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What are the Most Important Elements of an Industrial-Organizational Psychologist’s Job?

What are the Most Important Elements of an Industrial-Organizational Psychologist's Job?

A person who is studying psychology and plans to become an industrial-organizational psychologist may want to know, “What are the most important elements of an industrial-organizational psychologist’s job?” This information is important because it allows a student to decide if their preferences and skills are well-aligned with the typical job duties and responsibilities of an industrial-organizational psychologist. Having this information could help a person decide on a specialty of psychology or a type of job for their career path.

Planning Human Resources Policies

A big part of what an industrial-organizational psychologist does is planning human resources policies. For example, they may study employee working styles and help with the development of policies that encourage teamwork and efficiency. They may also observe management styles and make recommendations for changes that could help boost employee satisfaction and morale in the workplace. Industrial-organizational psychologists also improve the quality of life on the job for all of the workers.

Testing and Evaluating Recruits and Employees

Another important element of an industrial-organizational psychologist’s job is to evaluate applicants and recruits for the skills and strengths that are necessary in order to do a particular job or task. They may also test recruits and employees. For example, they might test the personality types of employees. This allows the industrial-organizational psychologist to work with human resources and put a qualified applicant into the position that is best-suited to their personality type and skills. The personality test could also determine if a person would be a good fit for the organization.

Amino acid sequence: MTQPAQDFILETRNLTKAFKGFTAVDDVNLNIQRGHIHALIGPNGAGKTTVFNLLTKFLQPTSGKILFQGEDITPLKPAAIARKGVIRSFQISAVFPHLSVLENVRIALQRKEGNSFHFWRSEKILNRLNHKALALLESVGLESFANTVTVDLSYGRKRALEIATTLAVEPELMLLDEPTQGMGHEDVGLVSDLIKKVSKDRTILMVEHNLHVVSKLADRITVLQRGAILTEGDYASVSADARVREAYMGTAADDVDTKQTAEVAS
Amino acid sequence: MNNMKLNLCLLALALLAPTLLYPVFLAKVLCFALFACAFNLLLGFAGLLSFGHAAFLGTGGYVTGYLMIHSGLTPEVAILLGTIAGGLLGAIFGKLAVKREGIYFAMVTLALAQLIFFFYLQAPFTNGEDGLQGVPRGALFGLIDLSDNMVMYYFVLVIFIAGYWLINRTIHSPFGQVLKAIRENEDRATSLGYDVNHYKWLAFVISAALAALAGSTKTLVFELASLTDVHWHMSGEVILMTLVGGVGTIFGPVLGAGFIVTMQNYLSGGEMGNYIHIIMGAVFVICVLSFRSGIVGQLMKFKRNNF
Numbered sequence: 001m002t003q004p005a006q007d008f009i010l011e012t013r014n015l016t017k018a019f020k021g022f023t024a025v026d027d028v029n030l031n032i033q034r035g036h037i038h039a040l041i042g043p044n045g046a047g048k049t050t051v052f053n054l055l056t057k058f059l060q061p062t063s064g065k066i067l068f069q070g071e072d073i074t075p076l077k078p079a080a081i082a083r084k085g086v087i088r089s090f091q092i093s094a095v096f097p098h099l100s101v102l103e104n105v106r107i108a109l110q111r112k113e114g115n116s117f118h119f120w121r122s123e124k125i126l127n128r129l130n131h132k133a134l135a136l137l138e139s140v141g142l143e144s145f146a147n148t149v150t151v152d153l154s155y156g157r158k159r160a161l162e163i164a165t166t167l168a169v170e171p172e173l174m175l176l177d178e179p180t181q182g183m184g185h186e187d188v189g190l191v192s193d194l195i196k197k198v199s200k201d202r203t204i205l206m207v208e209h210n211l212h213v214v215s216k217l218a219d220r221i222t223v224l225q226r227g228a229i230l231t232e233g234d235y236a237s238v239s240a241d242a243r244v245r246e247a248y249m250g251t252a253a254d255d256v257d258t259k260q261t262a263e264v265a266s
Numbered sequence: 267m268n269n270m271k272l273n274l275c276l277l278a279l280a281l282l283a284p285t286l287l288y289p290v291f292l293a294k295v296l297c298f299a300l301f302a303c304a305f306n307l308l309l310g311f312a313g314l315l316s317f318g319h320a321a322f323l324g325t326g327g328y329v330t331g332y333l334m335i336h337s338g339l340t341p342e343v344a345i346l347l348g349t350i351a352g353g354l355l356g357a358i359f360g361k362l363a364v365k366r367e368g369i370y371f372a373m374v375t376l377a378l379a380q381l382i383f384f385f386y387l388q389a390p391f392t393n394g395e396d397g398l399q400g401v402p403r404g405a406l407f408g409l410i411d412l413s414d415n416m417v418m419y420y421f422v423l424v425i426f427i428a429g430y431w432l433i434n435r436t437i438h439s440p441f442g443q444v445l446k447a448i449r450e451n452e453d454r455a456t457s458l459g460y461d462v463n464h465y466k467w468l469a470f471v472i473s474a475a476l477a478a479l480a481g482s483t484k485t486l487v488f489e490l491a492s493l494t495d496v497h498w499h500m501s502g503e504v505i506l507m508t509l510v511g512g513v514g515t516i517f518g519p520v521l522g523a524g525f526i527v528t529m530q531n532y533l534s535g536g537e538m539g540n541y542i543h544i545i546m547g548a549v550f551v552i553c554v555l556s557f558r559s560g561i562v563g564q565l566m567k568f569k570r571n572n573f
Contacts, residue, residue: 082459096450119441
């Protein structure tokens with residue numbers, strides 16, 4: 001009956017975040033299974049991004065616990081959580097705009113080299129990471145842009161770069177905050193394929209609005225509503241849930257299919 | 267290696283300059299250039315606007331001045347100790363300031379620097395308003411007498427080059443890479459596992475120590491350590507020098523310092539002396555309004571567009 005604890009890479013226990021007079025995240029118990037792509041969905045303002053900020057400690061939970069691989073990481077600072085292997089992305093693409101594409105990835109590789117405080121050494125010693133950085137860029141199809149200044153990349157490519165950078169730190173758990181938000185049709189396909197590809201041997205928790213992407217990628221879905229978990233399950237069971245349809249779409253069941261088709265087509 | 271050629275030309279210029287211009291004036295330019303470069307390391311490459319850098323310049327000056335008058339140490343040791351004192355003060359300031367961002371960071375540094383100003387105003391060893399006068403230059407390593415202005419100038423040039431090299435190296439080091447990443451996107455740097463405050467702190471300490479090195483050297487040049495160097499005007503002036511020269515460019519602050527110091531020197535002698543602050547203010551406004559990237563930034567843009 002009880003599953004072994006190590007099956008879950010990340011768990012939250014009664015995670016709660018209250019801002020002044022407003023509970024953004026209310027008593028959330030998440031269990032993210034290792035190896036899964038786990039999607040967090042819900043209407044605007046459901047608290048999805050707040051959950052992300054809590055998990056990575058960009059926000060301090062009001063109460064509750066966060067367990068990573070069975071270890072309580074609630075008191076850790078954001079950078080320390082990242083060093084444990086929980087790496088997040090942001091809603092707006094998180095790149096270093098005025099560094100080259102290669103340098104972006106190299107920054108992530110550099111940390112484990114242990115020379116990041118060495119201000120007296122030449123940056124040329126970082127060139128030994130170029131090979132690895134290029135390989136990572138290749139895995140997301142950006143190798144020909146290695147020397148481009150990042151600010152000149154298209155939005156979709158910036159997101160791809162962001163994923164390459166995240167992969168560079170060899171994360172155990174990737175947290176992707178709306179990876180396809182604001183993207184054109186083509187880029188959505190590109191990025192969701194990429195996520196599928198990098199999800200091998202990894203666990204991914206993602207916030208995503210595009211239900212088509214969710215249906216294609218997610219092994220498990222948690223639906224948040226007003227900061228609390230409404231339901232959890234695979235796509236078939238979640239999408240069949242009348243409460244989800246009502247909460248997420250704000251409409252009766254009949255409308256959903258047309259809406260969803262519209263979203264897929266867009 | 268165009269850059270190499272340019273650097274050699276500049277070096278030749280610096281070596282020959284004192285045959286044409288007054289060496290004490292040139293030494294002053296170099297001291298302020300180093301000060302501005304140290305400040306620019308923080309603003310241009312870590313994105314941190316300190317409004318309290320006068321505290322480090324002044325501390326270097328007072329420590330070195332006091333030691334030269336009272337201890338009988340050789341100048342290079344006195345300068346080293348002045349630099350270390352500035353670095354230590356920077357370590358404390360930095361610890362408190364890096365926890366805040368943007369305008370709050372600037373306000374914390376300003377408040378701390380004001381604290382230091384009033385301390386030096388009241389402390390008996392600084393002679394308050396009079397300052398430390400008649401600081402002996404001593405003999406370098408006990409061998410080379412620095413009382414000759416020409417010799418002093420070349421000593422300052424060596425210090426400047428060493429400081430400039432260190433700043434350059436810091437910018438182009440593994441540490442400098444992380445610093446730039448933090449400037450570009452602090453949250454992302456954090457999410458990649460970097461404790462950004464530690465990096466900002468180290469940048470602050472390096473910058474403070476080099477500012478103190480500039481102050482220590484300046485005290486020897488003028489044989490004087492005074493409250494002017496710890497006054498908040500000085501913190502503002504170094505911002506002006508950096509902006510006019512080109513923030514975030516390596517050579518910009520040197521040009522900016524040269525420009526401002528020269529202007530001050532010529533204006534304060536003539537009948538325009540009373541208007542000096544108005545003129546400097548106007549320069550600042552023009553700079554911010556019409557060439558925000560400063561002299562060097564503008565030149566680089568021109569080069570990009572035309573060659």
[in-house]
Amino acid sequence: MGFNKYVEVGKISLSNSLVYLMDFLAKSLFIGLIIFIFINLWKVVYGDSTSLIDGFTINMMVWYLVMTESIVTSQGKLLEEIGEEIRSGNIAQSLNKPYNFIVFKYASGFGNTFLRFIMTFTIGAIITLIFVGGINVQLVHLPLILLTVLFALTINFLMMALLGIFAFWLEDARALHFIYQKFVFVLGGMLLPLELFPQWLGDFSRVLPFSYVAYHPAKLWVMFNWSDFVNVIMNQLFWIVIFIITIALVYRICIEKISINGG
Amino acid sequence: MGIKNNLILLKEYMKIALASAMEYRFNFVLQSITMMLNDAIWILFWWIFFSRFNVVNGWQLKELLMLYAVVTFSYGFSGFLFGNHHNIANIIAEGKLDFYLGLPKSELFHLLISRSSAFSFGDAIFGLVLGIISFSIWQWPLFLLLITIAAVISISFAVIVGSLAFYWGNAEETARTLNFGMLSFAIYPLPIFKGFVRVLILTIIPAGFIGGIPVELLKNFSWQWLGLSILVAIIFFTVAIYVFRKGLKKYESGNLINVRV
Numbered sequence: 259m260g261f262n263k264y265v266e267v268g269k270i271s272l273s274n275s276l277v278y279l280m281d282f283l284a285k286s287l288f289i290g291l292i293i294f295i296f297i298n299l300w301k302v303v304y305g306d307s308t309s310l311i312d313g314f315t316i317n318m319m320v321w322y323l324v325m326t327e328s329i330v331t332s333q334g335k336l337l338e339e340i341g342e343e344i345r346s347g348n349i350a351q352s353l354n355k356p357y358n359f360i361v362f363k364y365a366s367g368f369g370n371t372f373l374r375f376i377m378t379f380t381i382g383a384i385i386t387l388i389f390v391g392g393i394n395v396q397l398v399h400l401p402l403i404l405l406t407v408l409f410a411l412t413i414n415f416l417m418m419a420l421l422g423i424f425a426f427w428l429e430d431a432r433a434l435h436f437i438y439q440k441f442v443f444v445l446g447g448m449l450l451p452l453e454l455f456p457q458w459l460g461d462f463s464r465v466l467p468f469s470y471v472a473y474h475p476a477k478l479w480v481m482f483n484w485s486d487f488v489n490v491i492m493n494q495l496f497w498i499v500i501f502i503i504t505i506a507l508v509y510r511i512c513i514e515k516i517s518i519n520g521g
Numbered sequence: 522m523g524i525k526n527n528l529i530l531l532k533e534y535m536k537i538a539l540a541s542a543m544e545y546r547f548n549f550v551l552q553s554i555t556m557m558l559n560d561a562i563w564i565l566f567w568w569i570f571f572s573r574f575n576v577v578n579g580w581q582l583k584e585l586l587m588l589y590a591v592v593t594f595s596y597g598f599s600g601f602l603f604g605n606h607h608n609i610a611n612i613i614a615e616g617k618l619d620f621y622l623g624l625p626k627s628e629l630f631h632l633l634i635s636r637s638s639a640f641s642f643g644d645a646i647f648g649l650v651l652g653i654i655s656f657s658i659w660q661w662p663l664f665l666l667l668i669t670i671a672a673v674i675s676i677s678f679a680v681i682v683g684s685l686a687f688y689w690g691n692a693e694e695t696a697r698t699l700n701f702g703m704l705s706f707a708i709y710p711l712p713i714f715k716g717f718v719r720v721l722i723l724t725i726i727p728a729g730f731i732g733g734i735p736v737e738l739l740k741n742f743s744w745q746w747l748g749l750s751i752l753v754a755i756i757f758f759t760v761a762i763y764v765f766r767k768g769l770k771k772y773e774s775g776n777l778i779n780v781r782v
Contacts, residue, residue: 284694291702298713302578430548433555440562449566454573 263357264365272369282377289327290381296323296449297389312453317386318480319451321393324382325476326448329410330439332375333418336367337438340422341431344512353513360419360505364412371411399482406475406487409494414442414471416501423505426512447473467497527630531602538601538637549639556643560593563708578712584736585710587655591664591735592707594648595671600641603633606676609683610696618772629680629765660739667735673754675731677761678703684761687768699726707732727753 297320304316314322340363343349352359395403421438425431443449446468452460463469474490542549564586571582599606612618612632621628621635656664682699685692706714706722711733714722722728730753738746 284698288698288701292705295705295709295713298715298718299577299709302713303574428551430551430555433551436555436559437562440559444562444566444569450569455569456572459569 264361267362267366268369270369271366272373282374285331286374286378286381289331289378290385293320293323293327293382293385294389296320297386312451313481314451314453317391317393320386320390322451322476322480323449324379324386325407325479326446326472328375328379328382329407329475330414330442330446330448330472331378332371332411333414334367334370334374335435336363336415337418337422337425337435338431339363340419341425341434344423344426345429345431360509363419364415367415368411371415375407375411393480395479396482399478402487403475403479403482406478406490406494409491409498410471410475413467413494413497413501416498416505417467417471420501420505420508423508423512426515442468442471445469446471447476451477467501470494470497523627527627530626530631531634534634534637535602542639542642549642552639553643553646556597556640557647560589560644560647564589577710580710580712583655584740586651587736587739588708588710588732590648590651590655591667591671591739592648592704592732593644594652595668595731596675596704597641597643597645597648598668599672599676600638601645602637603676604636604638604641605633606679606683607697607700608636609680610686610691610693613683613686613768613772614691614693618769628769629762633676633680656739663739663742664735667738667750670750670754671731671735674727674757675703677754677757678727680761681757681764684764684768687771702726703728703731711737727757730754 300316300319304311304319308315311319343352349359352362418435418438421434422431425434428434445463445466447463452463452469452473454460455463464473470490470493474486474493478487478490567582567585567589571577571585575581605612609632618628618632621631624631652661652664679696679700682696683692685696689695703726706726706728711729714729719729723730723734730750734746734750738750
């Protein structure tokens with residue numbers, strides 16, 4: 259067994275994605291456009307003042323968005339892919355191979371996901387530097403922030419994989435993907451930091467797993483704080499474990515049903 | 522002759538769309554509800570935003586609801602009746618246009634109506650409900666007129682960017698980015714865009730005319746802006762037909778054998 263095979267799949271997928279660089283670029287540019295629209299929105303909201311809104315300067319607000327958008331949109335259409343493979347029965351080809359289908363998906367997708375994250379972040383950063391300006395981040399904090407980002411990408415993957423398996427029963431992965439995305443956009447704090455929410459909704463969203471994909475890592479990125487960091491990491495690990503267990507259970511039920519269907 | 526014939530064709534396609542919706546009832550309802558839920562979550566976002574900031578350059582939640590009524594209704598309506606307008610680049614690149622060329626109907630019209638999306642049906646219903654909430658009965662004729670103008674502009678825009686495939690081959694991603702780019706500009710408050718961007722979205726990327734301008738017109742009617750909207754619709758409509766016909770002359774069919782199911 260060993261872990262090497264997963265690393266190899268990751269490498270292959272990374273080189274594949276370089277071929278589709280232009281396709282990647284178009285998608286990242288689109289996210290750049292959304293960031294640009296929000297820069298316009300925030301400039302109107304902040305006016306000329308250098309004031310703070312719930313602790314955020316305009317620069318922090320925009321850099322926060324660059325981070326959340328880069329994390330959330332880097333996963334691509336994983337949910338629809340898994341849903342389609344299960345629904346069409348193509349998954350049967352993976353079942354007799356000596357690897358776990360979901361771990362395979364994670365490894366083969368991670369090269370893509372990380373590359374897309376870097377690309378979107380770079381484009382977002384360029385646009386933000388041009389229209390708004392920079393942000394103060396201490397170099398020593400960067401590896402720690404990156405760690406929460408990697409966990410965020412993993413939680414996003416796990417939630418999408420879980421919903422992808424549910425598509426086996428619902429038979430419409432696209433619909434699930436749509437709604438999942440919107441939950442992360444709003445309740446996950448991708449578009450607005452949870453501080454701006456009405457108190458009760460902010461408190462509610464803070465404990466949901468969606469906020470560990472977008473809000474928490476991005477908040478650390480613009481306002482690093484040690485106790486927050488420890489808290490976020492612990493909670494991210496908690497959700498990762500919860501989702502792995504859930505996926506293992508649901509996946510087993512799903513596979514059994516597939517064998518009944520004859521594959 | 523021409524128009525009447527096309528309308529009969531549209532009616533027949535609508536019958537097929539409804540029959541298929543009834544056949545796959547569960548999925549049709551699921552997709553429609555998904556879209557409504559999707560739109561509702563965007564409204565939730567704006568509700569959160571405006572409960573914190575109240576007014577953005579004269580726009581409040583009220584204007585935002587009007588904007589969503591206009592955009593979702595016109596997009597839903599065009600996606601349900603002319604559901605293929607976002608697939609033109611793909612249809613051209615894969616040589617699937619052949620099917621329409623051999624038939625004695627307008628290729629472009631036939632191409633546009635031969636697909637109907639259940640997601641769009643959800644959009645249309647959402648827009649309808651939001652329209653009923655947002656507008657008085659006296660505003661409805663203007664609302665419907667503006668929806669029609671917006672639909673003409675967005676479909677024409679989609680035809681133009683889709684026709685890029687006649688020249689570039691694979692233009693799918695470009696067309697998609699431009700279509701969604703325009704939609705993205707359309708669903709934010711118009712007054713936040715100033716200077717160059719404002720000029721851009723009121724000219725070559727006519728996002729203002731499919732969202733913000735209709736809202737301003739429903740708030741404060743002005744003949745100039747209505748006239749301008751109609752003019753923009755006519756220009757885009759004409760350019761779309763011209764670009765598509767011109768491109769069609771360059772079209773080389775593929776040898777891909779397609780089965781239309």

Implementing Employee Training and Development Programs

An industrial-organizational psychologist is also responsible for implementing employee training and development programs. The training programs might include how to perform a certain task with efficiency or how to perform a new task in an ergonomic way so as to reduce the risk of a repetitive strain injury. They may coordinate employee development programs in order to reduce workplace stress, enhance employee morale or help employees learn techniques for communication with coworkers and management. They may also coordinate with human resources or employee health in order to provide additional employee development around injury prevention and long-term health.

Organizing the Work Environment for Optimal Productivity and Safety

According to the Bureau of Labor Statistics, another one of the most important elements of an industrial-organizational psychologist’s job is to organize the work environment for optimal productivity. This includes organizing both the physical environment and the processes performed by the workers. For example, the industrial-organizational psychologist may observe employees performing a particular task and make recommendations on how to change the layout of the equipment in order to reduce repetitive movements or stretches that could result in a slower speed or increased rate of worker injuries.

Although each employer will have different responsibilities and job duties for an industrial-organizational psychologist, the general elements of the job tend to be common across different employers and industries. Knowing about these commonalities makes it easier for a person who is studying industrial-organizational psychology or graduating with a degree in this field to know what to expect when they begin applying for jobs. Understanding the answer to, “What are the most important elements of an industrial-organizational psychologist’s job?” could facilitate a person’s decision on a concentration or career path within psychology.

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